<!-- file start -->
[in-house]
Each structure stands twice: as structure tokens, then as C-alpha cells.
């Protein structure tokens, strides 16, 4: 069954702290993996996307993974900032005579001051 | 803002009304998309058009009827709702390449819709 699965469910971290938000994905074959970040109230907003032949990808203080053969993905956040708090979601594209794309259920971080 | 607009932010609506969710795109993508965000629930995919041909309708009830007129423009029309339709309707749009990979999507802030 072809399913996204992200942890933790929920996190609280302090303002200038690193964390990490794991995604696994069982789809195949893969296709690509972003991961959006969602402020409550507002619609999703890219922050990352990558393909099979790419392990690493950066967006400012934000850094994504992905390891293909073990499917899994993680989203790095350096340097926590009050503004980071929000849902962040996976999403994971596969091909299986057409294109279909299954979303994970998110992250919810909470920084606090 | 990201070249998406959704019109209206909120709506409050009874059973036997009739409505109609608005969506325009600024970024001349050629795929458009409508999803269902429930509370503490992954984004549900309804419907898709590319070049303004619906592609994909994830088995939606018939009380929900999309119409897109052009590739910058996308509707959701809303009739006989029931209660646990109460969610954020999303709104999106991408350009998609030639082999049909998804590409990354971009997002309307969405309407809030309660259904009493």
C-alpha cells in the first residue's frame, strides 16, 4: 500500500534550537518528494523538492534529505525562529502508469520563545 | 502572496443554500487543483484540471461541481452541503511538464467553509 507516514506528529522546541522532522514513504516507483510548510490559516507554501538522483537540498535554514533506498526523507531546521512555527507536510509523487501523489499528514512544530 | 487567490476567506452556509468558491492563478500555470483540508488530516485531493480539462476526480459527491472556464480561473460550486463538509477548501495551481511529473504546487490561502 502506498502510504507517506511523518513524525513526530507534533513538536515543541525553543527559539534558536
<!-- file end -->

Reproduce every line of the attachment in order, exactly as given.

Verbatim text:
[in-house]
Each structure stands twice: as structure tokens, then as C-alpha cells.
């Protein structure tokens, strides 16, 4: 069954702290993996996307993974900032005579001051 | 803002009304998309058009009827709702390449819709 699965469910971290938000994905074959970040109230907003032949990808203080053969993905956040708090979601594209794309259920971080 | 607009932010609506969710795109993508965000629930995919041909309708009830007129423009029309339709309707749009990979999507802030 072809399913996204992200942890933790929920996190609280302090303002200038690193964390990490794991995604696994069982789809195949893969296709690509972003991961959006969602402020409550507002619609999703890219922050990352990558393909099979790419392990690493950066967006400012934000850094994504992905390891293909073990499917899994993680989203790095350096340097926590009050503004980071929000849902962040996976999403994971596969091909299986057409294109279909299954979303994970998110992250919810909470920084606090 | 990201070249998406959704019109209206909120709506409050009874059973036997009739409505109609608005969506325009600024970024001349050629795929458009409508999803269902429930509370503490992954984004549900309804419907898709590319070049303004619906592609994909994830088995939606018939009380929900999309119409897109052009590739910058996308509707959701809303009739006989029931209660646990109460969610954020999303709104999106991408350009998609030639082999049909998804590409990354971009997002309307969405309407809030309660259904009493």
C-alpha cells in the first residue's frame, strides 16, 4: 500500500534550537518528494523538492534529505525562529502508469520563545 | 502572496443554500487543483484540471461541481452541503511538464467553509 507516514506528529522546541522532522514513504516507483510548510490559516507554501538522483537540498535554514533506498526523507531546521512555527507536510509523487501523489499528514512544530 | 487567490476567506452556509468558491492563478500555470483540508488530516485531493480539462476526480459527491472556464480561473460550486463538509477548501495551481511529473504546487490561502 502506498502510504507517506511523518513524525513526530507534533513538536515543541525553543527559539534558536